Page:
“It’s also important to check your farm policy for where the machine is situated to check the cover extends to property damage and theft for machines and stock if located away from the farm,” he says.

“You may also want to consider business interruption cover, particularly if the vending machine is out of operation and is generating a significant income,” he added.

Mr Walsh advises when embarking on a new venture, to consider insurance and risk management from the beginning as this will ensure there are no issues in obtaining cover and that you have fully costed your plans, so the business case still stacks up later.

“Keep reviewing the sums and values ​​you are insuring to avoid underinsurance and let your insurer know if you are going to employ more staff or take delivery of new equipment or stock during the year. For example, milk prices and equipment have risen sharply.”

Advice from farm milk vending site operators

Farmers Weekly spoke with several producers already operating milk vending machines for their tips for others considering the venture.

  • Location is key to attract a large footfall, with a high population density needed locally for best returns.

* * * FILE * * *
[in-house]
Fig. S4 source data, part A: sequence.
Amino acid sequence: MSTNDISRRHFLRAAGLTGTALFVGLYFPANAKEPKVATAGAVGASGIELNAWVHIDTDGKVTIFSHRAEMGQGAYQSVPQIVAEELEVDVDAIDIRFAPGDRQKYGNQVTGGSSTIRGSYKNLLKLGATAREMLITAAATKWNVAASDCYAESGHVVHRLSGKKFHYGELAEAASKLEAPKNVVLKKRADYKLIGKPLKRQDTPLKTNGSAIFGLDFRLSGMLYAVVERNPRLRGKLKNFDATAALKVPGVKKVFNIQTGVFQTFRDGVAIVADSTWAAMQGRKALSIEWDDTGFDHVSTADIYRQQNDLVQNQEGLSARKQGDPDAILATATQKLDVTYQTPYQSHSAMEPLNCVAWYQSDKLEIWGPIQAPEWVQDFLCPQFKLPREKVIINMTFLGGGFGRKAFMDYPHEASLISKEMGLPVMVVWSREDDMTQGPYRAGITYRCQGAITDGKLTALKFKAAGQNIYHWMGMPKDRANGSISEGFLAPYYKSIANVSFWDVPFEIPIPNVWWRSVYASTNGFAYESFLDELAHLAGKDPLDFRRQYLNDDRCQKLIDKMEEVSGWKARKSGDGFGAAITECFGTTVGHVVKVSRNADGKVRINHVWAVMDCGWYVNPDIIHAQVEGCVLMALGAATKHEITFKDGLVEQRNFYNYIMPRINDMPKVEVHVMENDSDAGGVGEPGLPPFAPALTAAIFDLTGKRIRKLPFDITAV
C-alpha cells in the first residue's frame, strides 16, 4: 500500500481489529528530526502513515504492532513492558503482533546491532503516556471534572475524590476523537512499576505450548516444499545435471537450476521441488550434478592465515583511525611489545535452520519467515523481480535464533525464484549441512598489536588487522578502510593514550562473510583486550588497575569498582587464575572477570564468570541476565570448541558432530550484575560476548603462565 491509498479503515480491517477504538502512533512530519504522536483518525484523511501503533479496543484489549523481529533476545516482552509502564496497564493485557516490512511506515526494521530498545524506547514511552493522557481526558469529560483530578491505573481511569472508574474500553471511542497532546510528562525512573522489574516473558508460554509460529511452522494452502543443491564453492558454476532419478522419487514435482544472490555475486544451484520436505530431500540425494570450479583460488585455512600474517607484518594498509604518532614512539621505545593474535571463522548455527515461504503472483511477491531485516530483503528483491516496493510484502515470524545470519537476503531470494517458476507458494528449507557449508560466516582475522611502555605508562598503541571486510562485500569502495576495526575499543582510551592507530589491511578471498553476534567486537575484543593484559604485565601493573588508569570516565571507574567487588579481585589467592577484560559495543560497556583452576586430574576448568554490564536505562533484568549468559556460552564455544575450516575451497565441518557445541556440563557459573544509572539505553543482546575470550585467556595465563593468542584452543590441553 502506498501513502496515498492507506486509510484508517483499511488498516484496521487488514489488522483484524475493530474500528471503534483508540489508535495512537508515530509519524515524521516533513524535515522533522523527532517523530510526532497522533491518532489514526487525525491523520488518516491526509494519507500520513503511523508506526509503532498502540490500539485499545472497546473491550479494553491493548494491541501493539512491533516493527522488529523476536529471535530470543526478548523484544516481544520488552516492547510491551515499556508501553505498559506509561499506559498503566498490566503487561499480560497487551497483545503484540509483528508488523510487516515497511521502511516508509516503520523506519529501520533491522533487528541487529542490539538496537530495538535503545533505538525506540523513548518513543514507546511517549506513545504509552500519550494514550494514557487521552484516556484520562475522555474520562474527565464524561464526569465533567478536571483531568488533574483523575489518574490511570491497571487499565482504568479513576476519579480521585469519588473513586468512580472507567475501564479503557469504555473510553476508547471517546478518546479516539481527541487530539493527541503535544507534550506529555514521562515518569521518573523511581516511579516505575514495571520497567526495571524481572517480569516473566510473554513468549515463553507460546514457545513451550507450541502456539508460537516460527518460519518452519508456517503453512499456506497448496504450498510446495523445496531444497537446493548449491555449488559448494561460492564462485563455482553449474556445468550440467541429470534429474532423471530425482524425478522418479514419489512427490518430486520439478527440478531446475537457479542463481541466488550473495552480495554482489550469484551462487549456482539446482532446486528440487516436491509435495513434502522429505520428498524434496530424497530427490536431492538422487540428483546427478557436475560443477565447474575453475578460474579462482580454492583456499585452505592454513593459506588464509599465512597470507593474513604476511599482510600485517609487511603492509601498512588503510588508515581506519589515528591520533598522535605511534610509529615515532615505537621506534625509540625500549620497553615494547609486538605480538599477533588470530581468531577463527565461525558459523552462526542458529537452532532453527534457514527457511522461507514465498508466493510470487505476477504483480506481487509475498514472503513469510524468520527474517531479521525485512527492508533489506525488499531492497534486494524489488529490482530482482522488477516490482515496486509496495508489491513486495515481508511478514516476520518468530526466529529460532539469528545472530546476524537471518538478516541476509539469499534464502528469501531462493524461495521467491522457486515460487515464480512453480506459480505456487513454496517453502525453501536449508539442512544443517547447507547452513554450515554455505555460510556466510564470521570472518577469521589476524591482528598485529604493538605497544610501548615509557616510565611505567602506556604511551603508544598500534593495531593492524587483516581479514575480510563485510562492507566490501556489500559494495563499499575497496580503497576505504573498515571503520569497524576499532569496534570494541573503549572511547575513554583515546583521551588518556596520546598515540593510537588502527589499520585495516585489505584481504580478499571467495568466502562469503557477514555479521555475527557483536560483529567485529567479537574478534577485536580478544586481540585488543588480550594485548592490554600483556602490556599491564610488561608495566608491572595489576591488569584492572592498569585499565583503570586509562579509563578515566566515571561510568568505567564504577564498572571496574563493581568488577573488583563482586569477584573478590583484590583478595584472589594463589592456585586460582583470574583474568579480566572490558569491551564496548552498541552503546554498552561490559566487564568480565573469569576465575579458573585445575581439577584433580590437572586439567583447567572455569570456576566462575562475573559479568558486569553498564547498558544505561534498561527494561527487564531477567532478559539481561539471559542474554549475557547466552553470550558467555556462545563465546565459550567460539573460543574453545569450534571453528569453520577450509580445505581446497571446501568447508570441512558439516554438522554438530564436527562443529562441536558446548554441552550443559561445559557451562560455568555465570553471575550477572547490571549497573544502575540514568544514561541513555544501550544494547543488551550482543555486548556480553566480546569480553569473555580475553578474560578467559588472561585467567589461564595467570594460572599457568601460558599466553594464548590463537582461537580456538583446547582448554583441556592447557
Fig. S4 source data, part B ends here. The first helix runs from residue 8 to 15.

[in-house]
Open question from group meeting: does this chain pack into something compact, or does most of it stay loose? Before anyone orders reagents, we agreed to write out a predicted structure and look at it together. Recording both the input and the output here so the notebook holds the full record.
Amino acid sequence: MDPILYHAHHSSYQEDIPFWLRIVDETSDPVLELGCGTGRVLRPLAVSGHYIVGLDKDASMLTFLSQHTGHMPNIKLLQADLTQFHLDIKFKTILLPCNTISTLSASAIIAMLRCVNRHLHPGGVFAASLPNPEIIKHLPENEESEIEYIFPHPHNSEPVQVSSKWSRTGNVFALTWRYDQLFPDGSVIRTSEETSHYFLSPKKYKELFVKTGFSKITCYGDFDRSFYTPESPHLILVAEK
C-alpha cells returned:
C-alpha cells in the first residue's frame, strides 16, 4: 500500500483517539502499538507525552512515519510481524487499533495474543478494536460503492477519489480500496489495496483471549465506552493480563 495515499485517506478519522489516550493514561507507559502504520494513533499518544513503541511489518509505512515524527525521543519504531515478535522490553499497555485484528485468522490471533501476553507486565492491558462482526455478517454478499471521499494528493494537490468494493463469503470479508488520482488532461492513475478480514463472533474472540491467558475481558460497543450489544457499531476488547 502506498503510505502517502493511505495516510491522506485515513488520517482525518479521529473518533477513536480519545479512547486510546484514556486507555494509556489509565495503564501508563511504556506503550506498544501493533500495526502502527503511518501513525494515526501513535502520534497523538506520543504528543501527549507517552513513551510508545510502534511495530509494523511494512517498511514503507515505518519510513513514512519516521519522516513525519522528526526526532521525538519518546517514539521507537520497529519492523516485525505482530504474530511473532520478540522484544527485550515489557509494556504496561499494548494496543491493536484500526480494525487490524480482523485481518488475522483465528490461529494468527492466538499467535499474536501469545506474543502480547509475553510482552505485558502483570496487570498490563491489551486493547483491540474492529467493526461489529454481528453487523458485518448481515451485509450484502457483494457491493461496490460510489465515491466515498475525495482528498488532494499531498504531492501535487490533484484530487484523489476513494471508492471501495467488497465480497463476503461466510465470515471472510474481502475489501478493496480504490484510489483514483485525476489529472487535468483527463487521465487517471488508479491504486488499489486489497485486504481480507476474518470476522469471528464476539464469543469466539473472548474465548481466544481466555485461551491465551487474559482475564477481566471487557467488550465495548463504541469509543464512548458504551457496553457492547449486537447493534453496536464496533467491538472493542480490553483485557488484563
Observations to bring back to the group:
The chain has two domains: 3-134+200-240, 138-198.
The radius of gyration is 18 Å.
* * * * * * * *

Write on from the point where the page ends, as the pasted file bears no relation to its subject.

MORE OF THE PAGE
• Off-farm milk vending machines can also work well at campsites or farm shops, especially if producers don’t want to deal with the public directly on farm.
  • Consider initial start-up costs, depreciation of equipment, and time spent refilling the vending machine each day, when looking at the potential margins for the enterprise. Time taken filling and emptying machines typically takes up to an hour a day, however, this can be longer if machines are located at other sites away from farm.
  • Food safety requirements will need to be met and a food hygiene certificate will be essential as well as a Hazard Analysis and Critical Control Point (HACCP) Plan.
  • Local authorities may also require premises to be classed under EC 853/2004 as an approved premises for selling food, depending on the volumes of milk sold.
  • Milk should also be tested regularly in line with Food Standards Agency standards. Local environmental health officers should be able to advise further on specific legal requirements.